SOX compliance refers to the Sarbanes-Oxley Act that was enacted in 2002 in the US to protect the public from enterprises and their unethical practices. It followed many scandals such as the Enron and the Tyco with both corporations reporting fraudulent activities that reached over $100 million. The act was named after the congressmen who created it, Paul Sarbanes and Michael Oxley. As the main aim of the law is to increase transparency, it is not only necessary for corporations to comply because of legal obligations but because it is ethical and encourages good business practices. 

What SOX compliance involves

SOX compliance can be very expensive for companies. A survey showed that expenditures related to the SOX act could reach up to $1.4 million. This is because it requires US public enterprises and overseas entities that trade in the US to follow a list of requirements. Private companies do not need to comply if they make less than $100 million in revenue.

Each section has different requirements. The most important sections are:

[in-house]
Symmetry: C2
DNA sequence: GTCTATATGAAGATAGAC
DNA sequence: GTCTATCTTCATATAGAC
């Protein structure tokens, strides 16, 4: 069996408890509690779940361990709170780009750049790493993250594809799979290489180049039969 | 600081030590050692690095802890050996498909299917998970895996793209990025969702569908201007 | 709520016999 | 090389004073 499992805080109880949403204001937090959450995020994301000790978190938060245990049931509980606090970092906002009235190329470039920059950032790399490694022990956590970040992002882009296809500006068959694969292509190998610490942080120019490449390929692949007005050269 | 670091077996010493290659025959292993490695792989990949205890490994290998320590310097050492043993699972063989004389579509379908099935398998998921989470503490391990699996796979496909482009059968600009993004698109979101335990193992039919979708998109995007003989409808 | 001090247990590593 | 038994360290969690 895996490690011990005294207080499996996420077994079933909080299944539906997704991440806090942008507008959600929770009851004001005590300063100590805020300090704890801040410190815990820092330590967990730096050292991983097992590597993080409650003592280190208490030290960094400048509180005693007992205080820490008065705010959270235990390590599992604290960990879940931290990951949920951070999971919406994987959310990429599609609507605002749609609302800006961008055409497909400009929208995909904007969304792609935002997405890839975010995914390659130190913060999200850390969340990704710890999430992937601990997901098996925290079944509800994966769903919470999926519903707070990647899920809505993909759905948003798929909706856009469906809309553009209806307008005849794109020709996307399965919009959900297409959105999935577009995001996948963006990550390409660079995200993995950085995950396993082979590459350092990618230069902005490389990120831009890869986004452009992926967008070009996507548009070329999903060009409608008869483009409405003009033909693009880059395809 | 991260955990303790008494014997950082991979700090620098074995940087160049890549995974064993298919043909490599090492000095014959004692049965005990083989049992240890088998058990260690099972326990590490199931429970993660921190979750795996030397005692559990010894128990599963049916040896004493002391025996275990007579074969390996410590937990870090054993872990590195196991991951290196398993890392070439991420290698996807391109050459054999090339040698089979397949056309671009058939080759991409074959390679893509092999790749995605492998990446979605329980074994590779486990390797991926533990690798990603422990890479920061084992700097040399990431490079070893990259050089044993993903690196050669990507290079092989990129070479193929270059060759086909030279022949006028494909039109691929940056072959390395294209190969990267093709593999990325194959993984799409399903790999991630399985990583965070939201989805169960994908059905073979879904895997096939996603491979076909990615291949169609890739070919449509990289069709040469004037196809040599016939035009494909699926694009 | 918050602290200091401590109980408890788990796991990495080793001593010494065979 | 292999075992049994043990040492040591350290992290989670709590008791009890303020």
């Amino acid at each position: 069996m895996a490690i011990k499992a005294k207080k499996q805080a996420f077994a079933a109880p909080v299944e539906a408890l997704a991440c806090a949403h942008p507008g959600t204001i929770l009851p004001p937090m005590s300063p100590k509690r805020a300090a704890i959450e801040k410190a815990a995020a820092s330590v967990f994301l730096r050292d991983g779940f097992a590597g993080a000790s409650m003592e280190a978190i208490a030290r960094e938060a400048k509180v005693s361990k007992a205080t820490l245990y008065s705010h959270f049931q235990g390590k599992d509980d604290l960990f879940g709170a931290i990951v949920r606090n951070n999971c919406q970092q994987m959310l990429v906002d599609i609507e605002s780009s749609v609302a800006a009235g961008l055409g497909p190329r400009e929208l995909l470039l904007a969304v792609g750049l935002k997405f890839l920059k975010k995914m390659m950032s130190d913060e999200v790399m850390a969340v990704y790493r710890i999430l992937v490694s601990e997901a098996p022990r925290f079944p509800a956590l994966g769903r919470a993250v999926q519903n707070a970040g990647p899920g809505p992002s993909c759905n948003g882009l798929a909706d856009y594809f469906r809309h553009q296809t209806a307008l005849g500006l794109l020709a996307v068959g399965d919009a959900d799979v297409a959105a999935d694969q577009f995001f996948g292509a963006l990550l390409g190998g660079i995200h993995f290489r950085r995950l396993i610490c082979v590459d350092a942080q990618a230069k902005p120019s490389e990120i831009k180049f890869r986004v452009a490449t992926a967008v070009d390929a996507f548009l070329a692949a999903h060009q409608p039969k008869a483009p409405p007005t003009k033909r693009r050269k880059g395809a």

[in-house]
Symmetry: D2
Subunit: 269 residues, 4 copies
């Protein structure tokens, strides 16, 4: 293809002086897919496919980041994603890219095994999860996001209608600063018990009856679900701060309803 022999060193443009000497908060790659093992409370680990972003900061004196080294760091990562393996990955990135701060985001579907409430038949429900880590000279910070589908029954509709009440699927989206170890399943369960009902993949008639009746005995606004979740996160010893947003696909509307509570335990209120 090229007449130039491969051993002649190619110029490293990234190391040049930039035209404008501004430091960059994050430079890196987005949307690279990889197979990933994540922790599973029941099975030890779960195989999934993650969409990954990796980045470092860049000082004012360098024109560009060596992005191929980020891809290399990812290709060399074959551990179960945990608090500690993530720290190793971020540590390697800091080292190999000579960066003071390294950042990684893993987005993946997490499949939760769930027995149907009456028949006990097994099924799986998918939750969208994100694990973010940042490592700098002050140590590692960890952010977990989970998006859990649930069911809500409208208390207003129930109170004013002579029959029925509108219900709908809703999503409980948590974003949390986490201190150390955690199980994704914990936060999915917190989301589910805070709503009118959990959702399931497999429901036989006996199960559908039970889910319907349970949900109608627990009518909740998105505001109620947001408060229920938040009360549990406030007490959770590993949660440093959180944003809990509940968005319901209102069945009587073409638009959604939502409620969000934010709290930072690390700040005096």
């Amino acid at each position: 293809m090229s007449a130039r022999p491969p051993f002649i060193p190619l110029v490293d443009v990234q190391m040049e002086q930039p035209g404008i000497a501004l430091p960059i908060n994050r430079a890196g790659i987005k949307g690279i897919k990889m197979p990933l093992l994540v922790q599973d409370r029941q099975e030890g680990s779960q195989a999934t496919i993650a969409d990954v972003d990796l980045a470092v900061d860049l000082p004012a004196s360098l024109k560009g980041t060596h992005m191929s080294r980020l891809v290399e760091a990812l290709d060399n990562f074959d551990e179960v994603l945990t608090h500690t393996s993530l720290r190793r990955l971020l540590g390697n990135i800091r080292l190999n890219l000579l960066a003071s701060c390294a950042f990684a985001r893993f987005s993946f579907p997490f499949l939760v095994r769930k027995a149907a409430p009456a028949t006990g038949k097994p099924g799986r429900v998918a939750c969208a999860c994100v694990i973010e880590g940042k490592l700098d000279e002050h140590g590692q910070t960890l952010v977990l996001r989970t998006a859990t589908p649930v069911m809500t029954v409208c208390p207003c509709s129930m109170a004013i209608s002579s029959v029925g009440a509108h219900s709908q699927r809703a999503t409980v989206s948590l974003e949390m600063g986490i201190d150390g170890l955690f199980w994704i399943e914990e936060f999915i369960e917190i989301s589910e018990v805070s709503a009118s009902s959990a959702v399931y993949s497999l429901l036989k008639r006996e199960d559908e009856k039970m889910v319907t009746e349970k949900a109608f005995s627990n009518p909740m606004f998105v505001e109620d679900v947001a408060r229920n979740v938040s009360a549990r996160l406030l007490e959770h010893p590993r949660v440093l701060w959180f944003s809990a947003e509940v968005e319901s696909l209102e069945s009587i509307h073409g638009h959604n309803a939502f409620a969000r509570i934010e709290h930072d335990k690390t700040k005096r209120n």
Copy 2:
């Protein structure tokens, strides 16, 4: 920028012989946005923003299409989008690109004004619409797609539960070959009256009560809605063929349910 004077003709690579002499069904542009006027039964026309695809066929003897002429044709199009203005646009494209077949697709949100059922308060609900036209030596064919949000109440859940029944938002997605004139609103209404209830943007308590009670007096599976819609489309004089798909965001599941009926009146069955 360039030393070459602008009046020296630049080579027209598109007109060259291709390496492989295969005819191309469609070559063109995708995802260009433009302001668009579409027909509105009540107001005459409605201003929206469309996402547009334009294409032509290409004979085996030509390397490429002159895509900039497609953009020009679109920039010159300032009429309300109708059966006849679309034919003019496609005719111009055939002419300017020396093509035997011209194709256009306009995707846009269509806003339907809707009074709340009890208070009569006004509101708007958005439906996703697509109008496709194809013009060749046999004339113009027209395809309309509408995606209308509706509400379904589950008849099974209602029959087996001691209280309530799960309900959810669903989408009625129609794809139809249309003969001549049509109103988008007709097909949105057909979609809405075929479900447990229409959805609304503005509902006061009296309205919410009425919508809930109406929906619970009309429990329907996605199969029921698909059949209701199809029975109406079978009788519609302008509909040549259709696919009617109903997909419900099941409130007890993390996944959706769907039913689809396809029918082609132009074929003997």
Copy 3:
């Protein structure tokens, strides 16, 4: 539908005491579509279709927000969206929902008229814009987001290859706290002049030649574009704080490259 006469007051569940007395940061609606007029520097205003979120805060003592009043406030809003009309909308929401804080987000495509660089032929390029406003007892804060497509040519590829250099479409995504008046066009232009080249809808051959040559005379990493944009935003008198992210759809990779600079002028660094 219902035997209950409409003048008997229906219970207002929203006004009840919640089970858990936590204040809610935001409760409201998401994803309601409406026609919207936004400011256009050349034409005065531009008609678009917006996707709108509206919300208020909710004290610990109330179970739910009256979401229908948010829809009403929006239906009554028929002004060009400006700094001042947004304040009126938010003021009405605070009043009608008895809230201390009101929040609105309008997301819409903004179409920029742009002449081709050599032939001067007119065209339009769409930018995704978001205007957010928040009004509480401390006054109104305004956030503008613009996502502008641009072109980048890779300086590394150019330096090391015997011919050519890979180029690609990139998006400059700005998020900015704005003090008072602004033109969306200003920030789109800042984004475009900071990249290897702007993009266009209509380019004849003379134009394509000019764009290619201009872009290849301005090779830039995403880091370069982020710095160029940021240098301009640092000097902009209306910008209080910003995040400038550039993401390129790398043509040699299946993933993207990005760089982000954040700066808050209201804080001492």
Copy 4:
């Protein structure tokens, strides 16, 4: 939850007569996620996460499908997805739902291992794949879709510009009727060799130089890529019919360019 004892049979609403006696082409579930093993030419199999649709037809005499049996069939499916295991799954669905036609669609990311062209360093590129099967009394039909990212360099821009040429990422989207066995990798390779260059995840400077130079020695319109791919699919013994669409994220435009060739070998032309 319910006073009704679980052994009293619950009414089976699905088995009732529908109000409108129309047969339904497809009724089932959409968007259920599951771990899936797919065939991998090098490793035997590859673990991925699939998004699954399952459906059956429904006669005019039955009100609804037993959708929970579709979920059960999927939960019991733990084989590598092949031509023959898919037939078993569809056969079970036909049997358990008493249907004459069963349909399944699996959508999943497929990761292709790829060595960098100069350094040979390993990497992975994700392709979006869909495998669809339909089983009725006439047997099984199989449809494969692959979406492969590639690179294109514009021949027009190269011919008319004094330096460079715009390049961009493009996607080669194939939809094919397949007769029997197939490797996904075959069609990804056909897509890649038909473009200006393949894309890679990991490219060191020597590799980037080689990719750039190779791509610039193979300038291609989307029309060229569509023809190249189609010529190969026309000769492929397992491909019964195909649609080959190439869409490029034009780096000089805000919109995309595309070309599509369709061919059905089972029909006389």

• Section 404
  • Section 302
  • Section 409
  • Section 802
  • Section 401

Section 404

Section 404 is the implementation of controls to ensure that financial reporting is accurate, without errors and reliable. The internal controls are documented. To decrease the costs associated with SOX compliance, a lot of companies use tools that automatically detect unlawful activities and problems. Organisations that wish to automate their compliance processes should identify which activities need to be manual and which ones do not. Section 404 also oversees the effectiveness of internal controls and determines whether additional measures need to be taken.

Section 302